Jay W. Marks, MD, is a board-certified internist and gastroenterologist. He graduated from Yale University School of Medicine and trained in internal medicine and gastroenterology at UCLA/Cedars-Sinai Medical Center in Los Angeles.
Dr. Shiel received a Bachelor of Science degree with honors from the University of Notre Dame. There he was involved in research in radiation biology and received the Huisking Scholarship. After graduating from St. Louis University School of Medicine, he completed his Internal Medicine residency and Rheumatology fellowship at the University of California, Irvine. He is board-certified in Internal Medicine and Rheumatology.
An upper gastrointestinal series is an x-ray test used to define the anatomy of the upper digestive tract.
Women who are or may be pregnant should notify the doctor requesting the procedure and the radiology staff.
An upper gastrointestinal series involves filling the esophagus, stomach, and small intestines with a white liquid material (barium).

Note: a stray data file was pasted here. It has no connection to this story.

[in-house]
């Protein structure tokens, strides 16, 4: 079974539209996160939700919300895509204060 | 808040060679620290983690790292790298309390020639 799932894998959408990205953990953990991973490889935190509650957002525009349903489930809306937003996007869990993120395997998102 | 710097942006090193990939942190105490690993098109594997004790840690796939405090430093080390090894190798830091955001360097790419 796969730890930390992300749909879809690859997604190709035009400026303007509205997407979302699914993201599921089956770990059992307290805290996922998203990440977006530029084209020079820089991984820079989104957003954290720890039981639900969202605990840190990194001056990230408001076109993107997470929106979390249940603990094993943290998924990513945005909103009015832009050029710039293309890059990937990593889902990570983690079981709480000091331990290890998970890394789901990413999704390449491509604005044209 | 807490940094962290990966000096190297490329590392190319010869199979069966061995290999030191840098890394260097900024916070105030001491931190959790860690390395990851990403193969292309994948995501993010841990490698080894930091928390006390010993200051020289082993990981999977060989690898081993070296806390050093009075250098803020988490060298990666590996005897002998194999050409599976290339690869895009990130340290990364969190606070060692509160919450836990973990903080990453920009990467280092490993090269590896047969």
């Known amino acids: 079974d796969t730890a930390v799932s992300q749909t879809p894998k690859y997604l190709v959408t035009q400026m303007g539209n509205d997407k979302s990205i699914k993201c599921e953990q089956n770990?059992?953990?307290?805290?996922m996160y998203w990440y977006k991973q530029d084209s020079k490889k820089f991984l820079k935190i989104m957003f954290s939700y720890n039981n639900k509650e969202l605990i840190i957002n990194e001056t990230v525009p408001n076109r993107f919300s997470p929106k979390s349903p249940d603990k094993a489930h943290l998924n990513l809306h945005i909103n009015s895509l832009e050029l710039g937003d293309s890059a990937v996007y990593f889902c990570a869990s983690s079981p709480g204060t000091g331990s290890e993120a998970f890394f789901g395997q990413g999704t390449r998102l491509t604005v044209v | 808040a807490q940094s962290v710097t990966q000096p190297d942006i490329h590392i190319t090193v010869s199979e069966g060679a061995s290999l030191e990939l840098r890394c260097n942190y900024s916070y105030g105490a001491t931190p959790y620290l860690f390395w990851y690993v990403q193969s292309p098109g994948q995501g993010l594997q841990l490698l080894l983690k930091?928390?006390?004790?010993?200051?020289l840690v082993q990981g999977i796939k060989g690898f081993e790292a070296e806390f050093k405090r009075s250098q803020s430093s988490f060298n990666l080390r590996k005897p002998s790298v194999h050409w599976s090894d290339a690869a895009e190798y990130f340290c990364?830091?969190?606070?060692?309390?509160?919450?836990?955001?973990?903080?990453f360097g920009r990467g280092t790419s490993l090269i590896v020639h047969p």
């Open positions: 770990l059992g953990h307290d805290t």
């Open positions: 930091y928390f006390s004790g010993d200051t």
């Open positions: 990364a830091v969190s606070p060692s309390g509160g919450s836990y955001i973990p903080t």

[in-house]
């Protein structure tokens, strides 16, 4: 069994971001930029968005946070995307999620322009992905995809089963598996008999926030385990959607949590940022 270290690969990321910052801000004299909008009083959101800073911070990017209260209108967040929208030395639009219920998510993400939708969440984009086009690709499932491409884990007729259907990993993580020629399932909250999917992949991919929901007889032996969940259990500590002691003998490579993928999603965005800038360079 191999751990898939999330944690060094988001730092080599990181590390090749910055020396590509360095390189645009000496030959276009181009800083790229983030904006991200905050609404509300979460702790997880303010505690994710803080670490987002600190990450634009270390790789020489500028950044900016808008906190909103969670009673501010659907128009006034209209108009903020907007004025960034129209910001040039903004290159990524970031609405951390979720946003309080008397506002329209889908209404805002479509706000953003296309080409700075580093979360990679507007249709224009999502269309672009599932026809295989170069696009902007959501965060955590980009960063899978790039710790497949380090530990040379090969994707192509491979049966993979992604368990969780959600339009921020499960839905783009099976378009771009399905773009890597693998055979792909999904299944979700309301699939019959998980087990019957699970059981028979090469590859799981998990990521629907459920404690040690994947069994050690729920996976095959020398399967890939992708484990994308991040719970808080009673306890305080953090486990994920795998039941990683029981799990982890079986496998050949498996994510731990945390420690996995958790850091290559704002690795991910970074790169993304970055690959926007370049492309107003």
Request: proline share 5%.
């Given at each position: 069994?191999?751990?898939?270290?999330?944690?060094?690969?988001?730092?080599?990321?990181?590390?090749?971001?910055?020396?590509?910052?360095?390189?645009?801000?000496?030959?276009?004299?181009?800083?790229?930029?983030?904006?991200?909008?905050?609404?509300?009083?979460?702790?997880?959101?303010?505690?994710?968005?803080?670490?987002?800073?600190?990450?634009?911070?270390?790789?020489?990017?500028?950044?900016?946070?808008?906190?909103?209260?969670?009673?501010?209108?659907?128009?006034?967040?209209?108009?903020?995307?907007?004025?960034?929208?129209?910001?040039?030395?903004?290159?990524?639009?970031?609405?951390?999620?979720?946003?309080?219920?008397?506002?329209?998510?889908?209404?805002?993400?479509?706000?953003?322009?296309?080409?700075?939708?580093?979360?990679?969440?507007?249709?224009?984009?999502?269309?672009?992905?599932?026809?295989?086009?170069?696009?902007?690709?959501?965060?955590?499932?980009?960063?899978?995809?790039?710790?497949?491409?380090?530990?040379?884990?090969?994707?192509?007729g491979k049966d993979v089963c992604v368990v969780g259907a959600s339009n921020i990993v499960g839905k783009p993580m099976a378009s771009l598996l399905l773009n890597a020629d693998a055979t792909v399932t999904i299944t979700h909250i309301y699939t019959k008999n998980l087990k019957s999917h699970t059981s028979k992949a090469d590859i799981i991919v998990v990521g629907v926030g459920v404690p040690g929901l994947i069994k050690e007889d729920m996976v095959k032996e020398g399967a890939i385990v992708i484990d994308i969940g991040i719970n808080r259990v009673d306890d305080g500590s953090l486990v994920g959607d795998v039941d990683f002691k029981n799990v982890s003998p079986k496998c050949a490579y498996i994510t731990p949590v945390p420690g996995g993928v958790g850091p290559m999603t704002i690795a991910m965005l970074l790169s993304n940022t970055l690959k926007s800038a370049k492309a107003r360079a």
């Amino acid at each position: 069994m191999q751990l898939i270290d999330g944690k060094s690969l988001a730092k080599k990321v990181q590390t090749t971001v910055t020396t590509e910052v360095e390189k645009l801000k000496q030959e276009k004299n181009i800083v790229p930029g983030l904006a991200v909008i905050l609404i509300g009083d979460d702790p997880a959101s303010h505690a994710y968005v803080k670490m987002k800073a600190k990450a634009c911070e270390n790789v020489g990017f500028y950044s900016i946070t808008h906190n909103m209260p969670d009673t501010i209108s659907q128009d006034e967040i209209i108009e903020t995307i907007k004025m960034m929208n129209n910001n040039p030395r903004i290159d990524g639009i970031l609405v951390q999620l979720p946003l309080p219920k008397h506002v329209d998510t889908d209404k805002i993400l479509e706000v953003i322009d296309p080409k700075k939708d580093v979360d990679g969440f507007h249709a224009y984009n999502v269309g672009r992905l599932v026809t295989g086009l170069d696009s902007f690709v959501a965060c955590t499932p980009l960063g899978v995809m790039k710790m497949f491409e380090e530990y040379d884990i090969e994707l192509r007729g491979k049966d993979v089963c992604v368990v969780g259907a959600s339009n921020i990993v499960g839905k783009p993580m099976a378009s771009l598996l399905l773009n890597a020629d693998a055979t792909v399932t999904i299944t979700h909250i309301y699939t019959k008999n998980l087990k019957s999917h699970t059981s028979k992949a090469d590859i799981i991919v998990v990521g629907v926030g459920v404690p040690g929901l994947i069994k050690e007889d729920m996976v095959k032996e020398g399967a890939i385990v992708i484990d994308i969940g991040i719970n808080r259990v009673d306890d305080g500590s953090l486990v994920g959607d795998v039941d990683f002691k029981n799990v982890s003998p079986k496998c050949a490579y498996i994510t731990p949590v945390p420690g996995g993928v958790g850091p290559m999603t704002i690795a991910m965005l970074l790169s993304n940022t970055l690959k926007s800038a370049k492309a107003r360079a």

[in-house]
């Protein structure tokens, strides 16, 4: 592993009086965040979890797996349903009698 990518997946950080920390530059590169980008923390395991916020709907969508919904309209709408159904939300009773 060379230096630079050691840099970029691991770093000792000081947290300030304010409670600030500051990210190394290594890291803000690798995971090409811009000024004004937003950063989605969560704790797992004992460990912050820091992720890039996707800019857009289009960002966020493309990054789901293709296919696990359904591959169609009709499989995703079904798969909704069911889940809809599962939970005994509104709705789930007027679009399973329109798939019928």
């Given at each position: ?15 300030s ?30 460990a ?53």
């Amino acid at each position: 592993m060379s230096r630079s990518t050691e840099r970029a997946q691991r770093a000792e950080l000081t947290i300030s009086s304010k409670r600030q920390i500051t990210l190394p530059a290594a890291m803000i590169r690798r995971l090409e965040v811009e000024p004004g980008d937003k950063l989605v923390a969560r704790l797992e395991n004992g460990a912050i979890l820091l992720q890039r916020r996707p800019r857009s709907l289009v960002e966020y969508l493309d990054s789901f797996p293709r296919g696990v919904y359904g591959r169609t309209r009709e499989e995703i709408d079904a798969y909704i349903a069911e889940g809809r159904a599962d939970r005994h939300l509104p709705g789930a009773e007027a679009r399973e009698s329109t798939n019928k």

What is an upper gastrointestinal (GI) series?
An upper gastrointestinal (GI) series (barium swallow), is a radiological test that is used to visualize the structures of the upper digestive system - the esophagus, stomach and duodenum. If it is desired to see the remaining parts of the small intestine, a small bowel series can be added to the test. These structures are seen during the examination, and the images are also are saved for further review on X-ray film or digital images. The results of an upper GI series can reveal conditions such as ulcers, tumors, hiatal hernias, scarring, blockages, and abnormalities of the muscular wall of the gastrointestinal tissues.
What are the risks of an upper GI series?
Any x-ray test procedure involves some risk from radiation exposure. The radiation exposure is minimized by standard techniques that have been assigned and approved by national and international radiology committees and councils. Radiology technicians are certified by national certifying boards.
Patients who are or may be pregnant should notify the requesting practitioner and radiology staff, as there is potential risk of harm to the fetus with any radiation exposure.
Many years ago, Schatzki described a
smooth, benign, circumferential, and narrow ring of tissue in the lower end of
the esophagus (the food pipe that connects the mouth to the stomach). These rings